Several cleanup events in Vancouver and Clark County provide residents with an opportunity to manage a variety of special wastes through reuse, recycling or safe disposal. What can you do with old paint, household and yard chemicals, tires, electronics and other bulky and potentially hazardous items that can’t be picked up with your regular curbside garbage and recycling? It’s simple. You can take many items to a special recycling event near you. Click here for all the details or visit the webpage: www.ClarkGreenNeighbors.org/recyclingday.
Hazel Dell - Saturday, May 30, 9 a.m. - 1 p.m.
Columbia River High School parking lot, 800 NW 99th St.
Central Vancouver - Saturday, Sept.12, 9 a.m. - 1 p.m.
Clark College, Yellow Lot 1, 1900 Fort Vancouver Way
East Vancouver - Saturday, Sept. 19, 9 a.m. - 1 p.m.
C-Tran Fisher's Landing Transit Center, 3510 SE 164th Avenue
Not all household products are harmless. If the label says DANGER, POISON, CAUTION or WARNING on the label, consider the product hazardous. What should you do with it when it's no longer wanted or needed? Be safe! Vancouver residents have a variety of options for proper disposal of household hazardous waste. Visit our household hazardous waste webpage to learn more. You may also want to check out the dates listed above for more information about coming recycling events: www.ClarkGreenNeighbors.org/recyclingday. Not sure if it's a household hazardous waste? Look it up on our Recycling A-Z waste wizard widget.
As of Jan. 1, 2015, residents of Washington State will be able to recycle fluorescent tubes, compact fluorescent lights (CFLs) and other mercury-containing lights at no charge. LightRecycle Washington collection sites will take traditional fluorescent tubes (including straight, curved and circular tubes), the twisty compact fluorescent lights and high intensity discharge lights, which are commonly used in outdoor lighting fixtures. The program does not accept lighting fixtures or ballasts. Both individuals and businesses can drop off lights for recycling, although there is a limit of 10 lights per day.
Get locations and other info from LightRecyle Washington's website at www.lightrecyclewa.org.
What do you do with medication you no longer need or want? To start, never ever flush unwanted medication down the toilet or dump them down the drain where they can cause major harm to the environment. Unwanted medication can be disposed of at several sites across Clark County throughout the year. Controlled substances, such as pain killers, can be taken to participating law enforcement agencies. Non-controlled substances, such as over-the-counter medications, can be taken to participating pharmacies. Visit www.RXReturnClarkCounty.org for more details on the safe disposal of unwanted medications.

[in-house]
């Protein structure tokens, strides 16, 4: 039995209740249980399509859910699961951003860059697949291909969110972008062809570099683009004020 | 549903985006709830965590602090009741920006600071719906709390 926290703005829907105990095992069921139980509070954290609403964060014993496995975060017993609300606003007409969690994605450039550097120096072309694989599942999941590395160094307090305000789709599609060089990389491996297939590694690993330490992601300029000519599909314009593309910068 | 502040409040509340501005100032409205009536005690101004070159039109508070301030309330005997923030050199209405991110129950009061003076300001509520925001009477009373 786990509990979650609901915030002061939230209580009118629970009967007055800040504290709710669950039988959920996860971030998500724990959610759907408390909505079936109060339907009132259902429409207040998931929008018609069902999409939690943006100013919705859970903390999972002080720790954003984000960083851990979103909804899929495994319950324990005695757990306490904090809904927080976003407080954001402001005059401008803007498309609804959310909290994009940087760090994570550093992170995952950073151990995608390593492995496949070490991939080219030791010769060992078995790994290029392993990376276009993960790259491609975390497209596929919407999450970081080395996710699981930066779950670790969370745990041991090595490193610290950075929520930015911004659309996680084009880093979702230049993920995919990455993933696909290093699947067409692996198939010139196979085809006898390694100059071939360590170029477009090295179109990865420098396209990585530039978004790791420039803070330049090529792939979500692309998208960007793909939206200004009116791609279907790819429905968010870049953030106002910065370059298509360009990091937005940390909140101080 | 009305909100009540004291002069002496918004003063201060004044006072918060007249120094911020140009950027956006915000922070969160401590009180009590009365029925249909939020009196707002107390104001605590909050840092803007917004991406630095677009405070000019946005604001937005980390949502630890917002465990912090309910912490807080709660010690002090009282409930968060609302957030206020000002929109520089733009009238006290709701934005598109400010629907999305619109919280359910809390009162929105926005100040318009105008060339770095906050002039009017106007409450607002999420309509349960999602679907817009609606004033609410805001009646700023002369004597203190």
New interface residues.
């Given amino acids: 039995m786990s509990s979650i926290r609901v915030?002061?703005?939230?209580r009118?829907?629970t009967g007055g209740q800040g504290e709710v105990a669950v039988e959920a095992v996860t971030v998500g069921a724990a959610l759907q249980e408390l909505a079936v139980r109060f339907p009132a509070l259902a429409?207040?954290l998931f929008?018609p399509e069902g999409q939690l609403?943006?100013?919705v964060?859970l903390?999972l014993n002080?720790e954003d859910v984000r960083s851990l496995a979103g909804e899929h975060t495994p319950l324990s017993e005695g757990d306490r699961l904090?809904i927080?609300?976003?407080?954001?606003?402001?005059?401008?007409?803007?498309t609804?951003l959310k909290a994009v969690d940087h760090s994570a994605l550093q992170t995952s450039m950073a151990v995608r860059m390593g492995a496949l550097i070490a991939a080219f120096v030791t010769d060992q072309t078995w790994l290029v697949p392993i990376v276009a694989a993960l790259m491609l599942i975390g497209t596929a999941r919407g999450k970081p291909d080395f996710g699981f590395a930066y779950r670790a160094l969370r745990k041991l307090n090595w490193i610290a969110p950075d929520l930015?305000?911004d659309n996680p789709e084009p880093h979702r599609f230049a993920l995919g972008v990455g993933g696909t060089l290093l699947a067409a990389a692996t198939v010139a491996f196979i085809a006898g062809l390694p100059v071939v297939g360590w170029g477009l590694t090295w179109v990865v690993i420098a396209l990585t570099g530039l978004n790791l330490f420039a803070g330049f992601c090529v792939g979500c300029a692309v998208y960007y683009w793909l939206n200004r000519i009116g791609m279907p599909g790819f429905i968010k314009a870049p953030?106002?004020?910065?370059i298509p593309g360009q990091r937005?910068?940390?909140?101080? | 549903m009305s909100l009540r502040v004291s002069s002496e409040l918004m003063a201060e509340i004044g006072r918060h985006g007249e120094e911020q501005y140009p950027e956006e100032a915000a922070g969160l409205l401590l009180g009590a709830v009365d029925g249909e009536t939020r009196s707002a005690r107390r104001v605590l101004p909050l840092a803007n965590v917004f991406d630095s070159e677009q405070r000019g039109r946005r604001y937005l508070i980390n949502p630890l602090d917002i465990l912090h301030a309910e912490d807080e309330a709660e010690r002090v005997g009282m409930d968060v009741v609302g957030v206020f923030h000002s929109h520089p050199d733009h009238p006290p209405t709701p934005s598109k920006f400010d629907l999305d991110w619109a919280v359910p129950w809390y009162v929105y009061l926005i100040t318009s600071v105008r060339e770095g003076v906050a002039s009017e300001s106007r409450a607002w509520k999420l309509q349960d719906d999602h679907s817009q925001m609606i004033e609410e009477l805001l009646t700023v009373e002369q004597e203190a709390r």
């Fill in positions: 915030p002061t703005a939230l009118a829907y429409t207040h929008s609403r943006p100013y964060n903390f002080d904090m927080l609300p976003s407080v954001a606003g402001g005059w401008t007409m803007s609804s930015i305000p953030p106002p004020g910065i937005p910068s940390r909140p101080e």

Empower Up provides convenient block foam recycling collections, along with electronics recycling, at 3206 NE 52nd Street. Empower Up is a reuse and recycling center that accepts donated computers and electronics, working or not. Reused electronics are sold to the public at discount prices in their Reuse store. Empower Up works with local nonprofits as well, to distribute reused electronics to those in need in Clark County. Empower Up also accepts number 6 clean white block foam.
See their website at www.Empowerup.org or call 360-314-6388 for more details. Donation hours are 10 a.m. to 5:30 p.m. Tuesday through Friday, and 10 a.m. to 4:30 p.m. Saturday. Reuse store hours are 10 a.m. to 6 p.m. Tuesday through Friday, and 10 a.m. to 5 p.m. Saturday.
Vancouver residents can use their blue recycling carts, just like normal, to recycle many plastics at the curb.Toss these plastics in the blue recycling cart: clean plastic bottles; yogurt, margarine and other clean tubs; and 5-gallon or less nursery pots and buckets. Click here to learn more about what can go into your recycling cart.
You can also recycle the same plastics that go into the curbside cart at local transfer station drop-off areas. However, West Van Materials and Central Transfer and Recycling have now stopped accepting mixed rigid plastic and film plastic – These don’t go in your blue cart, either! Film plastic can be recycled at many grocery stores. Look for a collection bin near the store entrance.
At this time, Far West Fibers in Portland is accepting most of the rigid plastics no longer accepted at local transfer stations. Click here to see Far West Fibers' brochure regarding plastic and learn what materials are accepted and how they must be sorted. Far West Fibers has two locations: 12820 NE Marx Street Portland, OR 97230; and 2005 N Rosa Parks Way Portland, OR 9721.
Severe weather can whip up a number of garbage and recycling related issues. Here are some tips and facts that you should know: